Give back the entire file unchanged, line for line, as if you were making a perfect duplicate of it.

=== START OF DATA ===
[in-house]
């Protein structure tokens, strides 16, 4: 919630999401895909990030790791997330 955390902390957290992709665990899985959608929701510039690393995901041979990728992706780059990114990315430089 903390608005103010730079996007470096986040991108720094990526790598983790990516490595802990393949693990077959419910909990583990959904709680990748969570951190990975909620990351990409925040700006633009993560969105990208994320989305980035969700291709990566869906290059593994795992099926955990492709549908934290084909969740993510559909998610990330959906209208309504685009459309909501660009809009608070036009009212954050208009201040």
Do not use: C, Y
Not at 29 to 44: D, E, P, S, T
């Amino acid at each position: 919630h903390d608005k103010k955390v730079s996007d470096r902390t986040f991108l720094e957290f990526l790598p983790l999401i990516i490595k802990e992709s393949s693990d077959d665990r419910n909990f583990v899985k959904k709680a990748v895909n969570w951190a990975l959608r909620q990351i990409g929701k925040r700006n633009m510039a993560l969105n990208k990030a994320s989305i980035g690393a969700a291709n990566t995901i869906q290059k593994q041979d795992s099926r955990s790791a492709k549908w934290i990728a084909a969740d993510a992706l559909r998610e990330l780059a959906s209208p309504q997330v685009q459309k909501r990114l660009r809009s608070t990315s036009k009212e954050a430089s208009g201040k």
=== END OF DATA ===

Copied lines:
[in-house]
């Protein structure tokens, strides 16, 4: 919630999401895909990030790791997330 955390902390957290992709665990899985959608929701510039690393995901041979990728992706780059990114990315430089 903390608005103010730079996007470096986040991108720094990526790598983790990516490595802990393949693990077959419910909990583990959904709680990748969570951190990975909620990351990409925040700006633009993560969105990208994320989305980035969700291709990566869906290059593994795992099926955990492709549908934290084909969740993510559909998610990330959906209208309504685009459309909501660009809009608070036009009212954050208009201040």
Do not use: C, Y
Not at 29 to 44: D, E, P, S, T
């Amino acid at each position: 919630h903390d608005k103010k955390v730079s996007d470096r902390t986040f991108l720094e957290f990526l790598p983790l999401i990516i490595k802990e992709s393949s693990d077959d665990r419910n909990f583990v899985k959904k709680a990748v895909n969570w951190a990975l959608r909620q990351i990409g929701k925040r700006n633009m510039a993560l969105n990208k990030a994320s989305i980035g690393a969700a291709n990566t995901i869906q290059k593994q041979d795992s099926r955990s790791a492709k549908w934290i990728a084909a969740d993510a992706l559909r998610e990330l780059a959906s209208p309504q997330v685009q459309k909501r990114l660009r809009s608070t990315s036009k009212e954050a430089s208009g201040k």